“Then the Lord shut him in.” Genesis 7:16b NIV.
There is a world of security in these wonderful words: “Then the Lord shut him in.” God personally locked Noah and his family in. People who ridiculed Noah for building a boat where there was no water weren’t laughing anymore. They were on the outside — and it was beginning to rain. People who had persecuted him for preaching to them about God’s coming judgment on their sins were beginning to feel the slipping and sliding of wet ground underfoot.
“…the Lord shut him in.” Safe. Secure. Splat. Nowhere are we told that either the animals or the humans in the ark ceased to have all the normal needs that animals and humans have. They still had to eat, drink, and exercise their bodily functions. I wonder if Noah ever wished that the Lord hadn’t shut him in? Who fed the animals? Who changed the straw? Who shoveled the manure? On the other hand, short of a marathon swim, Noah didn’t have any other options. But that year of being shut in must have had moments when Noah wondered: “Why me, Lord?”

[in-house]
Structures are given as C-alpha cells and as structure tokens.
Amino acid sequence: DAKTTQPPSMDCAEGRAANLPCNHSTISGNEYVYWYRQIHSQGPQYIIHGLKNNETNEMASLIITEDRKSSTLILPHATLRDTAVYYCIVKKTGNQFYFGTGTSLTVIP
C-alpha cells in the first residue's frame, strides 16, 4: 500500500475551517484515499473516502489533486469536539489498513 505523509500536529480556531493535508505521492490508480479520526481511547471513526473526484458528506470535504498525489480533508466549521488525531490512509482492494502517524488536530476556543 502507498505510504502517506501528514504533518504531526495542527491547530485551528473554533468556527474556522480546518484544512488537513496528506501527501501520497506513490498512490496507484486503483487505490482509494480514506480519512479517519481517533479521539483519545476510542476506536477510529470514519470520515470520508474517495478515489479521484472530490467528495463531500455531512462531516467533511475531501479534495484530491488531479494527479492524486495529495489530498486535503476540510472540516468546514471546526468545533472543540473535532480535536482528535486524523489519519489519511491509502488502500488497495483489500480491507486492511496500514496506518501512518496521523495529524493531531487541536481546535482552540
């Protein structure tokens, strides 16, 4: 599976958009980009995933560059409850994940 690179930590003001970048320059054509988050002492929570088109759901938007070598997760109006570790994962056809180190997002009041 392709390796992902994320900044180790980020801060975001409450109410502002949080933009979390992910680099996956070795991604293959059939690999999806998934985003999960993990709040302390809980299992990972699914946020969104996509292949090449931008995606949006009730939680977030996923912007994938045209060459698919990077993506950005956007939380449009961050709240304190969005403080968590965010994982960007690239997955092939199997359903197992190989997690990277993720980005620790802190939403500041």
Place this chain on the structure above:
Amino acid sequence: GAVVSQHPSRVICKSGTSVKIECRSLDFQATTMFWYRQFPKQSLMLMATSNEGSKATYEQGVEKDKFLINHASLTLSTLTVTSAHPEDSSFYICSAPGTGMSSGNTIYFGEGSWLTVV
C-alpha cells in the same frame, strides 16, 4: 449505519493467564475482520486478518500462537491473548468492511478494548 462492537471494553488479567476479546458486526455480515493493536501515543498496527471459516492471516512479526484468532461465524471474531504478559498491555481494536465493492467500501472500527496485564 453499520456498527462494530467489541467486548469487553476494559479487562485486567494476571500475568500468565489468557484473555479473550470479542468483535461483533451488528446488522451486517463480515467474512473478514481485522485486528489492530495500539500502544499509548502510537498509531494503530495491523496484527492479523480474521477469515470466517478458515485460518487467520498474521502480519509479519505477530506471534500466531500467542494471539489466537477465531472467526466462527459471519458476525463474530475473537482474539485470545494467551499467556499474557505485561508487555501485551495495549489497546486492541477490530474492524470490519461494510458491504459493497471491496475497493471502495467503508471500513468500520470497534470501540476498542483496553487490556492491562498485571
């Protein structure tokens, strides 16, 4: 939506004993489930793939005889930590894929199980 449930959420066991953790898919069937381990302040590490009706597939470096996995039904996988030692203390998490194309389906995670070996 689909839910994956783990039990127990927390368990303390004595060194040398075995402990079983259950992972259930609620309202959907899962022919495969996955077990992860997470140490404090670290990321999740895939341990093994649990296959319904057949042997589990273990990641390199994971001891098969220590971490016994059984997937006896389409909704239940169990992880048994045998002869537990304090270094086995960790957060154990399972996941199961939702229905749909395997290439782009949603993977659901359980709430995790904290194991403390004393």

Being “shut in” by God has a wonderful, highly spiritual sounding tone to it. Who hasn’t longed for that perfect quiet time “shut in” with God. But, even such an intimate time can get painful and troublesome. When God speaks in those moments alone with Him, it might just as often be to kick us in the backside as it is to pat us on the back.
When God shuts us into a particular circumstance, no matter how complicated, fearsome, or wearisome, the journey gets, we can relax in the knowledge that our ark won’t leak, reek or creak, except to bring Him glory and to benefit us.
There were challenges to be faced in Noah’s floating water world, but having done “all that the Lord commanded him” (7:5), having had the door locked behind him by the hand of none other than God Himself, Noah could have had nothing but confidence that this unusual, impossible voyage would end well.
What God shuts in, He also always lets out.